Why advertisers need to replace pandemic clichés with authenticity

David Ciccarelli is the founder and CEO of Voices.com, the largest marketplace for audio and voice-over products and services in the world with over one million business and voice actor registered users. David is responsible for setting the vision, executing the growth strategy, creating a vibrant culture, and managing the company on a day-to-day basis. He is frequently published in outlets such as The Globe and Mail, Forbes, and The Wall Street Journal.

Over the course of 2020, I saw a lot of pandemic ads. They worked well for companies in a tight spot — whether because of budget cuts or previously purchased media commitments — but they follow the same formula: A screen fades in from black, stock footage rolls, and an announcer talks about living in unprecedented times. Just as the video reaches its lowest point, the announcer says, “But we’re here to help because we’re in this together.”

In the early days of the COVID-19 pandemic, brands needed to shift their strategies quickly for the new landscape. But with vaccines rolling out across the world, it seems like the end of the pandemic is finally in sight. Digital media spend is expected to increase globally, and advertisers need to shake up what they’ve been doing.

Repetitive, formulaic pandemic ads won’t resonate with audiences that expect authenticity and creativity. To succeed moving forward, advertisers must raise the bar.

The origin of the pandemic ad

In the first quarter of 2020, many advertisers bought media time for the entire year in anticipation of specific events or product launches. But when the pandemic started, they had to redo their content strategies. That’s how the pandemic ad came to be — advertisers repurposed their time slots to tell customers what was going on.

These early pandemic ads were successful for a couple of reasons. First, they cost less because they featured stock video, inexpensive music, and repetitive messaging. Second, they resonated with people because they were real, relevant, and empathetic. Although pandemic ads felt a lot like public service announcements, they were what the landscape needed.

At this point, pandemic ads feel self-congratulatory and superficial. It’s time for advertisers to create authentic digital media. Fewer people are consuming content out in the world (via radio, live events, movie theatres, etc.). Consumers are personally engaging with ads in their homes, so narratives have to fit brands’ values and be backed up by action. Whatever is communicated in advertising words and visuals must be lived out by brands and experienced by customers in future interactions.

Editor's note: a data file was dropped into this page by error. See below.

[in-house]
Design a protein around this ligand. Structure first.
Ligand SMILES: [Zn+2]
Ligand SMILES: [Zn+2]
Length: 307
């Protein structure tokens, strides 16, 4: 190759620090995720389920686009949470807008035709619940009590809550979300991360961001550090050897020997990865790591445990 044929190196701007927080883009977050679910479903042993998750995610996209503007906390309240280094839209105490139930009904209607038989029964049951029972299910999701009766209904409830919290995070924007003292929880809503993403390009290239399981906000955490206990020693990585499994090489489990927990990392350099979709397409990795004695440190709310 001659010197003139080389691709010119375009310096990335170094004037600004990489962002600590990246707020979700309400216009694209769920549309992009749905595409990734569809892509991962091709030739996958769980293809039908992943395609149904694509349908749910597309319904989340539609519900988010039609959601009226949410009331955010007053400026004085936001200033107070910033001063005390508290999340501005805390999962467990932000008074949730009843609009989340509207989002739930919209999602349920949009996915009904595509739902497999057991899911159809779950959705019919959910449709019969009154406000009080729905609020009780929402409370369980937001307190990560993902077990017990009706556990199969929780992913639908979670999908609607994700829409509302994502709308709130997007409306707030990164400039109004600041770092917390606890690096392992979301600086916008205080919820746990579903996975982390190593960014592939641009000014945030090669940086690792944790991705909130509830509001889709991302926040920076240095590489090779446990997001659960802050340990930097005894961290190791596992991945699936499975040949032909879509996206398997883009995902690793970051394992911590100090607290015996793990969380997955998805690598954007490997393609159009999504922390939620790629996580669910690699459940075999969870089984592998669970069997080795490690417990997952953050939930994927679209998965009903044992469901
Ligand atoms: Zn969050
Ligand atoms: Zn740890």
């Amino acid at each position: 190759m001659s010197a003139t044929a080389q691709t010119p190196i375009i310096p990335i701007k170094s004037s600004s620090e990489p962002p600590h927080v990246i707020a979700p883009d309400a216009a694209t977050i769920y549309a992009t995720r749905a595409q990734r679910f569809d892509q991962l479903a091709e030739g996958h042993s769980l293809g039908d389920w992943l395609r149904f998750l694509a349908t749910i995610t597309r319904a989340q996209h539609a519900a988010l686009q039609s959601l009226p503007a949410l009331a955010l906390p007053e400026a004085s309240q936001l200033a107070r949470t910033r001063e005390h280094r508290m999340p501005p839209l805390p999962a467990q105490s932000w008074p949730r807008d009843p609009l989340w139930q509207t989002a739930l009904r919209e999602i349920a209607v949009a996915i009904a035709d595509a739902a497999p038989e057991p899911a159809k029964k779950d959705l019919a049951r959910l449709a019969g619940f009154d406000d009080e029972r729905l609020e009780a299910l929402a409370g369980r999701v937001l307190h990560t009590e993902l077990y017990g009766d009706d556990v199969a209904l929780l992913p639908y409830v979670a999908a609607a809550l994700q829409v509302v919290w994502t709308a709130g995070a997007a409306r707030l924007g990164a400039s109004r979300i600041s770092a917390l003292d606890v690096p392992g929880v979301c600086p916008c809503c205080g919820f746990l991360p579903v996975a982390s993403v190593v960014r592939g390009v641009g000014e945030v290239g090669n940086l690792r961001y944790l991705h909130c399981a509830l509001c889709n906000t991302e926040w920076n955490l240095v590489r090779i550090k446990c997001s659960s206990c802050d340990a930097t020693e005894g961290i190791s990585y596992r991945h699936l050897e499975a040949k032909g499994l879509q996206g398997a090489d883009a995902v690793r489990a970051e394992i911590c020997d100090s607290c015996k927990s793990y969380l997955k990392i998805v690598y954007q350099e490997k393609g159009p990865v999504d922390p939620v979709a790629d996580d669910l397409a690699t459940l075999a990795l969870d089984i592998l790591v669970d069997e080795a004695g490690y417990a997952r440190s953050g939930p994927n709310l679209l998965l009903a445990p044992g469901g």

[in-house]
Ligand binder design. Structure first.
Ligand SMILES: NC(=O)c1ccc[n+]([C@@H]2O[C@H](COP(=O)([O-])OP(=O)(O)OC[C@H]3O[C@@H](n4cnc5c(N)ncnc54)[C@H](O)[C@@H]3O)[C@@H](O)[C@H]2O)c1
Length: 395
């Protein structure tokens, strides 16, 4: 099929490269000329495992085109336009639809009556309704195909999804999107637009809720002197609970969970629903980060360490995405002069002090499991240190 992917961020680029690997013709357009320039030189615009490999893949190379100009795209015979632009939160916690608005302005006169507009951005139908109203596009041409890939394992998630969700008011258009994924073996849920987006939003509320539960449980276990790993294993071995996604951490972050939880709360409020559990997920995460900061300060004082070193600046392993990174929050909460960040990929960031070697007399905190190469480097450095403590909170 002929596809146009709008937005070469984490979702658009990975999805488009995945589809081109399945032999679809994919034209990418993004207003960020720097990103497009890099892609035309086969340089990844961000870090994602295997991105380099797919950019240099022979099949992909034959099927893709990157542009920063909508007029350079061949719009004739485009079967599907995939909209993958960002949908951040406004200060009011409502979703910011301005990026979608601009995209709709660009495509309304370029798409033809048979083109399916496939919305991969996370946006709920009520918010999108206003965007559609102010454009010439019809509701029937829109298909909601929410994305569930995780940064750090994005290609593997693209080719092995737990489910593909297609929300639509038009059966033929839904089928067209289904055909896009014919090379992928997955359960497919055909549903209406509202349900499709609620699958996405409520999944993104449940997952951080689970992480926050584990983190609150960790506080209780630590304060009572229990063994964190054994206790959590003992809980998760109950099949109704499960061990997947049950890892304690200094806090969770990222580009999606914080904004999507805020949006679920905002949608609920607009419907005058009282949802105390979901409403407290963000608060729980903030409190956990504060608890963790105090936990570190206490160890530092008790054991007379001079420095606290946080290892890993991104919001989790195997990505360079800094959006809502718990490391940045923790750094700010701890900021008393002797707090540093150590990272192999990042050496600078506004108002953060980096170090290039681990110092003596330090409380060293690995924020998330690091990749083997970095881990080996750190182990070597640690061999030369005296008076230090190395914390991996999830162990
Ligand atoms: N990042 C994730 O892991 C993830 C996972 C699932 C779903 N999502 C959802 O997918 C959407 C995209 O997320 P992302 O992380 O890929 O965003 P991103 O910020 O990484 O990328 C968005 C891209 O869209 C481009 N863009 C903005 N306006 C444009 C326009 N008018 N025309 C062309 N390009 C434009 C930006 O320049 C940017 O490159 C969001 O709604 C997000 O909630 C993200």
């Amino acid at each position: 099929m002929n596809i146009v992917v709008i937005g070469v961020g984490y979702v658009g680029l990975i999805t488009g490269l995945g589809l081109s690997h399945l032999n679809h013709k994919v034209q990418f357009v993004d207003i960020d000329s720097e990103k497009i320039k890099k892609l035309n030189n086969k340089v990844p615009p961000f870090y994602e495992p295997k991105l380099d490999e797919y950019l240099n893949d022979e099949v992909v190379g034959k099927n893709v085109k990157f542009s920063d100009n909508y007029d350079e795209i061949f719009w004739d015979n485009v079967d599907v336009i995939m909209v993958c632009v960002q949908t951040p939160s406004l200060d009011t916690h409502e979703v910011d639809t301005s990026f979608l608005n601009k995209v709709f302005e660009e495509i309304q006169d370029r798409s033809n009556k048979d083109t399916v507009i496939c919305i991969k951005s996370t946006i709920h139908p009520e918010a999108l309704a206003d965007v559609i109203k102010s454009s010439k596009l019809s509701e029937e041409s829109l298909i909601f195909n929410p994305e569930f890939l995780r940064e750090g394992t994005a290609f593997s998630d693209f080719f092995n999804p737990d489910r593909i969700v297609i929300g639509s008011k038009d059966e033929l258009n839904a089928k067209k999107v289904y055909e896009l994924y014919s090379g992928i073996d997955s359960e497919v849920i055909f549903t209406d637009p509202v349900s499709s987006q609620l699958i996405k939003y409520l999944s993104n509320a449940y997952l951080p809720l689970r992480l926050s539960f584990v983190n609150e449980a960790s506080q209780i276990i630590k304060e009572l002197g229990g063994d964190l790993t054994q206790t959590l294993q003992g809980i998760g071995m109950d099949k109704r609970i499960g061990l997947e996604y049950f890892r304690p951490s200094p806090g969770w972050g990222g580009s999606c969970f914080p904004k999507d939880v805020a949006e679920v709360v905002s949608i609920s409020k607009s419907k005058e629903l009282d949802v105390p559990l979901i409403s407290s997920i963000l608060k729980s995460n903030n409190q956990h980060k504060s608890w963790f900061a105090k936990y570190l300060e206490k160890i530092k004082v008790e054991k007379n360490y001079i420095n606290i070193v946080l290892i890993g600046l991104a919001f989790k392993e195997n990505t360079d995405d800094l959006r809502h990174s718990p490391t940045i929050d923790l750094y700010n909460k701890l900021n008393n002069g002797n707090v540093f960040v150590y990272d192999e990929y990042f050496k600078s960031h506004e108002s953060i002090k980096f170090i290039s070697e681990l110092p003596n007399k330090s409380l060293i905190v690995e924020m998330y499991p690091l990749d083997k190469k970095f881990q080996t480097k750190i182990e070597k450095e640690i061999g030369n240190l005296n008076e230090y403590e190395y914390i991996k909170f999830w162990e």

Crafting genuine messaging

People want to know how companies help their customers and communities. It’s fine for advertisers to share how their companies responded to the pandemic, but they should focus more on what’s moving their brands forward. This authenticity has become an expectation as the end of the pandemic approaches.

For example, one of my company’s vendors told me an inspirational story about how it pivoted during the pandemic. Although the story was rehearsed, it was genuine and inspired me as a customer. Already, companies are preparing for post-pandemic marketing and what business will look like in the “new normal.” Their messaging will have to adjust accordingly.

Advertisers who aren’t sure where to start should perform a brand audit. Companies can use this evaluation of their messaging to align their marketing strategies with customer expectations and compare their efforts to those of competitors. Once complete, advertisers will know how their brands come across on various channels, including social media and company websites.

The importance of sonic branding

People might be stuck at home, but they’re still quite busy. As a result, advertisers can’t count on visuals alone — crafting a distinct sonic brand is the key to evoking specific emotional reactions. An Australian study measured 1,000 consumers’ responses to various audio clips and found that different types of music elicited varying emotional responses. Short, sharp sounds evoked happiness and excitement, whereas shifting from major to minor keys evoked feelings of sadness.

Advertisers must carefully select each ad’s tone, script, voice talent, sound effects, and music to convey their companies’ identities and messaging. It’s possible to make voice-over and stock music memorable and genuine, so advertisers shouldn’t rule out tricks that worked for pandemic ads. Remaining flexible is critical.

Advertisers and marketers are working with a new normal, but that doesn’t mean they’re locked into the pandemic ad formula. By rethinking customer expectations, messaging, and production elements, advertisers can create powerful touchpoints that convey their brands’ true identities.

Read more: How Mastercard is leveraging its sonic identity – and evolving brand security in the process

Photo by Bruno Kelzer on Unsplash

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